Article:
Thursday, January 28, 2010

Why doesn't the MRI show everything?

I just had a telephone conversation with my doctor to get the results from last week's MRI of my wrist, hand, and forearm. It seems the "only" unusual thing noted in that MRI was "ulna minus variance." I Googled that, as you knew I would! I found references to "ulnar minus variance" and "ulna minor variance" and even took a look at some of the Google images in that search.

I really love Google for information! You know I've talked about Google LOTS and how much I love that search engine; which is my favorite you know. Well, even my doctor confessed that she too Googled "ulna minus variance."

One thing leads to another in that searching for a little understanding about my "ulna minus variance," I happened upon a discussion at Medscape about right wrist pain. OK, I am impressionable, so my eyes popped when I read this there:
Kienböck disease is the eponym for avascular necrosis of the lunate ... Most patients are in their third to fourth decades and present with dorsal wrist pain with use. The association of Kienböck disease with ulnar minus variance is well documented, estimated to occur in up to 74% of patients with ulnar minus variance. It is thought that these patients are predisposed to abnormally increased stresses across the lunate resulting in microtrauma leading to necrosis.
OK, now I have a bit of a headache too! In addition to hand and wrist pain.

I've been undergoing massage therapy for the past couple of weeks, but we've stayed clear of my writing hand! What I did share with my doctor today is the fact that my MRIs have never truly indicated the scope or severity of the injury. I've had MRIs of my shoulder, knee, and foot. It was probably only my torn meniscus that appeared accurately in that MRI. The MRI of my left shoulder did not fully show the detached bicep nor the torn labrum -- which resulted in repair surgery lasting over 3.5 hours.

So, the next step is a consultation with a hand orthopedic specialist and possibly a neurologist to assess the pain. You see, the too much information that I could share with my readers has to do with my previous pain management for RSD -- reflex sympathetic disorder connected with my shoulder surgery. Let me tell you THAT was a bit of a nightmare. I've not talked about this online, but probably should have as going through RSD, pain sufferers really do need support groups ... support groups of their peers. It helps to talk with others who can fully understand the depth of the pain. If I have to have the RSD journey again, I will be reaching out to connect with others out there who UNDERSTAND.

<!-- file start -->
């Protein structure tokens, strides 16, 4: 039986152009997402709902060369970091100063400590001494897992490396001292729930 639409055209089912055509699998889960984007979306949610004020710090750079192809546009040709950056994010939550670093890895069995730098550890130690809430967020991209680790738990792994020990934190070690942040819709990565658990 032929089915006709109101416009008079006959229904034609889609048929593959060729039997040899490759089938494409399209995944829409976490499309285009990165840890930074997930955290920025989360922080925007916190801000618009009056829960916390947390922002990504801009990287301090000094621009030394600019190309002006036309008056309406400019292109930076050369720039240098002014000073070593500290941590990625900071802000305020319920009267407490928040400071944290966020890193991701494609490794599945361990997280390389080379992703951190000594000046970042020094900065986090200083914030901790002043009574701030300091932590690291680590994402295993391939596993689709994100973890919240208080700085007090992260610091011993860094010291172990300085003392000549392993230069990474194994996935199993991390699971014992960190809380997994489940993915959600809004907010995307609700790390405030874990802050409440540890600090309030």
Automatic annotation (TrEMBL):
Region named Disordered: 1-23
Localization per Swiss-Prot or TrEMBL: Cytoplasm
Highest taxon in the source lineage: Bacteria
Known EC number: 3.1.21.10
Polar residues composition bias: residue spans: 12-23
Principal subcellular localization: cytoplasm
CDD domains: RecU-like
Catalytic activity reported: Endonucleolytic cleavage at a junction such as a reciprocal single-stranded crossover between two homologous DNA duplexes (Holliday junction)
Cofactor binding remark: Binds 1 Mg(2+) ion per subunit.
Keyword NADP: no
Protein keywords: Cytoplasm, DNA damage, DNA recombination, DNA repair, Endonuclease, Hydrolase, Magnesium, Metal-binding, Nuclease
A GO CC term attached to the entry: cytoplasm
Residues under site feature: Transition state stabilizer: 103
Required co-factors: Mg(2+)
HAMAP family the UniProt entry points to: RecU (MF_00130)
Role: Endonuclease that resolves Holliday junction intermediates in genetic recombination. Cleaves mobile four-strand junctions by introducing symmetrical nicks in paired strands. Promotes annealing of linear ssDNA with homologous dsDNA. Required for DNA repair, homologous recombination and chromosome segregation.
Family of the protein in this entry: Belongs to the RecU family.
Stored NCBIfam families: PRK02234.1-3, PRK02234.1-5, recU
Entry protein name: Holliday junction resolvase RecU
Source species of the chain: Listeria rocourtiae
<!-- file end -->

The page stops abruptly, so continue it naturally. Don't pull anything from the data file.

Rich said...

I'm so sorry to hear about this continuing problem for you, Julie.

I know that this type of physical pain can have such an effect on our mental outlook, so I hope your spirits are not too low.

Hoping that this present situation can be resolved soon for you.

Unknown said...

Keep us posted. I feel your pain - in my knees, grrs! Chin up.

Julie Ann Brady said...

Hey Bonnie and Correen. Thanks girls for the girl support. Yes, they say what does not kill you will make you all the more "stronger" and that's certainly what I also learned from my grandma.

I remember the time my grandma fell down steps entering the Rapid Transit terminal in Cleveland, Ohio. She badly hurt her leg; but she never stopped going and going -- she continued to work at the West Side Market to help support her family.

Hugs to you! I do appreciate you being here and there. ;)

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